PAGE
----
The question misrepresents the growth of knowledge in general and evolution in particular. The way evolution works is as follows. Mutation produces variation in genes, which causes variation in phenotypes. Some phenotypes manage to interact with the environment in such a way that genes are copied, others don't. The way this happens is that some of the genes contain useful or explanatory information (knowledge) about the environment. Neither genes nor evolution intends to create any such knowledge but it does so nevertheless. For example, the genes that influence wing development in sparrows instantiate some useful information about how to fly. Genes for sexual traits like peacock feathers instantiate some information about the brains of peahens. However, all knowledge has reach: it solves problems it was not invented to solve. If we understood how sparrow's wings work we might be able to make small robots to go spy on other countries or deliver small parcels or whatever.
At some point in the past, evolution created an adaptation in human beings that had a lot of reach: the ability to create new explanatory knowledge instantiated in our brains and in books, films and so on. As a consequence of this, human beings can create knowledge about new sets of priorities that have nothing to do with genes. We can create any kind of knowledge that seems worthwhile. The only way to find out what is worthwhile is by conjecture and criticism and there always going to be unsolved problems connected with what we find worthwhile. While we don't know why music would be worthwhile but it does seem to be the case that aesthetics, including musical aesthetics, is objectively worthwhile, see:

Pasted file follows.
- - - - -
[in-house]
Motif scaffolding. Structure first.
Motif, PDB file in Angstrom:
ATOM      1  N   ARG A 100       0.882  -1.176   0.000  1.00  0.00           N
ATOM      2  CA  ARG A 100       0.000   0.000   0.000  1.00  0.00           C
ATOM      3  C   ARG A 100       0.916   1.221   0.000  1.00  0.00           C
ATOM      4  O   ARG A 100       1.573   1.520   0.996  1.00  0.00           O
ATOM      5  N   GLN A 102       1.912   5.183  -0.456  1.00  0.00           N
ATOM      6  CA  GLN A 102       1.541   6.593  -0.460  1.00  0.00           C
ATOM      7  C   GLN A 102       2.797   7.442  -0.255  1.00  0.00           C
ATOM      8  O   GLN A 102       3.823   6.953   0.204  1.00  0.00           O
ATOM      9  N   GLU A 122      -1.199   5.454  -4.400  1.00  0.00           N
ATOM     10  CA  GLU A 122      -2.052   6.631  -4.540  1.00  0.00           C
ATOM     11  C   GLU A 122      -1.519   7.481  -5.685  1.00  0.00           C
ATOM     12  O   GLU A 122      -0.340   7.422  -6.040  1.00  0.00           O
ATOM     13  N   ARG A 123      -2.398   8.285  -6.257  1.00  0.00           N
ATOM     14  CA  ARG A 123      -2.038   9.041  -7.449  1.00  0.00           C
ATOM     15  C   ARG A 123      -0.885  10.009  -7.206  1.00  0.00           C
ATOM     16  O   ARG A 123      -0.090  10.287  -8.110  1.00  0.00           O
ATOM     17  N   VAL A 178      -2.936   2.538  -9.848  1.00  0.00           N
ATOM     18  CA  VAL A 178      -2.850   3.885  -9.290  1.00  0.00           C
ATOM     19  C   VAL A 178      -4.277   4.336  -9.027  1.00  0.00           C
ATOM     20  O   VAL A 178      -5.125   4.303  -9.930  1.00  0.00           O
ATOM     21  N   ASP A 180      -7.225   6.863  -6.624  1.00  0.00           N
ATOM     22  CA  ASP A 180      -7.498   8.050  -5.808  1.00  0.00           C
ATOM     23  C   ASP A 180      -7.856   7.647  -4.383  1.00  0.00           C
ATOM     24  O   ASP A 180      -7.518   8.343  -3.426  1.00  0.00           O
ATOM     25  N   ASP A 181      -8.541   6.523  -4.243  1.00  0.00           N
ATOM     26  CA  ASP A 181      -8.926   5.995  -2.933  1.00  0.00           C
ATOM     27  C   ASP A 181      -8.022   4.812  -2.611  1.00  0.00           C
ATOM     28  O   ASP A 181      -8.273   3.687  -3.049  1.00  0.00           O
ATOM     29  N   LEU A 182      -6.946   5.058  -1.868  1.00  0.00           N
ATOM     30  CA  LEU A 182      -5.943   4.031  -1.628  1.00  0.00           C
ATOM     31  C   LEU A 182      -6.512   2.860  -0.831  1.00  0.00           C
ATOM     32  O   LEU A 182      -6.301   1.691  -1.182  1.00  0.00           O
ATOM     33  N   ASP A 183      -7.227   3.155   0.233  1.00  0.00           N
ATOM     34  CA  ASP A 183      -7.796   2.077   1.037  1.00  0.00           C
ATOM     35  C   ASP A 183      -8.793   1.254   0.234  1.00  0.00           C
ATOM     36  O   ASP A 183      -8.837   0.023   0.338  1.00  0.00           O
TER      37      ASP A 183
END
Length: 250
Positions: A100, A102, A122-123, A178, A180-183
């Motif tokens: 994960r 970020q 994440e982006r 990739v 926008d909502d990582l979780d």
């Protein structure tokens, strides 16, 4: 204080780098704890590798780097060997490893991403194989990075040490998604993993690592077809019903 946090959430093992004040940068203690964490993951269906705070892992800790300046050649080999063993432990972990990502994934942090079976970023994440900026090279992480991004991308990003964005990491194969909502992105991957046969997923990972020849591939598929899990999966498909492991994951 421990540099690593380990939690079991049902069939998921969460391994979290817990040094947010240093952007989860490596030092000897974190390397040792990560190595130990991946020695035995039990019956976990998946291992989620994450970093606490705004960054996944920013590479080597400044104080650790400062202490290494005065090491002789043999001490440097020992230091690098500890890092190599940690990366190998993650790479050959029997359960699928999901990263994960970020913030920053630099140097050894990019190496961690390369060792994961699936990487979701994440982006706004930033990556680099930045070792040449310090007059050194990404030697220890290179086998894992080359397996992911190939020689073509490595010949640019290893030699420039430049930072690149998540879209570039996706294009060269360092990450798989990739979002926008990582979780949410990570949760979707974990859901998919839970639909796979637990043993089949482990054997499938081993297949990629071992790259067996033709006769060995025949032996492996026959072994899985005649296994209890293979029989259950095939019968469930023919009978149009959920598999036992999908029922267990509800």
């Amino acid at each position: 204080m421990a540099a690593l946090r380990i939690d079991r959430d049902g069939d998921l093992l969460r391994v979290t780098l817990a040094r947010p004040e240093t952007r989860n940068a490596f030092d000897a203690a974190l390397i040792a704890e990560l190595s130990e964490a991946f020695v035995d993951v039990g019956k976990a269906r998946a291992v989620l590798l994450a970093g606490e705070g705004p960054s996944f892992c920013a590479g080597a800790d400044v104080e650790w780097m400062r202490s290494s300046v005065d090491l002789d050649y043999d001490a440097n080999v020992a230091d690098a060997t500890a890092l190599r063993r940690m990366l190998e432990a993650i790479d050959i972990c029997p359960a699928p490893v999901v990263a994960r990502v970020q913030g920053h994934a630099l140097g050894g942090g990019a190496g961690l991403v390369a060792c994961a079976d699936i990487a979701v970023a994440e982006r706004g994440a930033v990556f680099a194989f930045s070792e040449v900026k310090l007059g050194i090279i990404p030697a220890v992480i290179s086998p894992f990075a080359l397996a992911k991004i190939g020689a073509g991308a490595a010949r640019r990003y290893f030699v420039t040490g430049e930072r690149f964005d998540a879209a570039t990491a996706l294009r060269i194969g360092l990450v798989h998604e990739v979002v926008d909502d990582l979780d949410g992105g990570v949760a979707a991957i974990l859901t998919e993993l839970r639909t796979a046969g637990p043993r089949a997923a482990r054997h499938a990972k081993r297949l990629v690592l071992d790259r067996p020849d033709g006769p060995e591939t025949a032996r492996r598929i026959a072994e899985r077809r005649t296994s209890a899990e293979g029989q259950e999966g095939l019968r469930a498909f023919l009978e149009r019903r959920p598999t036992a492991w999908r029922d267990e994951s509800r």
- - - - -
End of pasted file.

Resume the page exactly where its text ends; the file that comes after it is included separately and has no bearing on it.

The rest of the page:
and "The Beginning of Infinity" by David Deutsch.
Note that none of this can be explained by creationism because creationism doesn't pick out any particular set of properties of the world as being impossible. The way the world would be constituted would be entirely a result of God's whims. So creationism can't rule out that God would make the entire world a giant peach or that he would make Beethoven sound bad to us.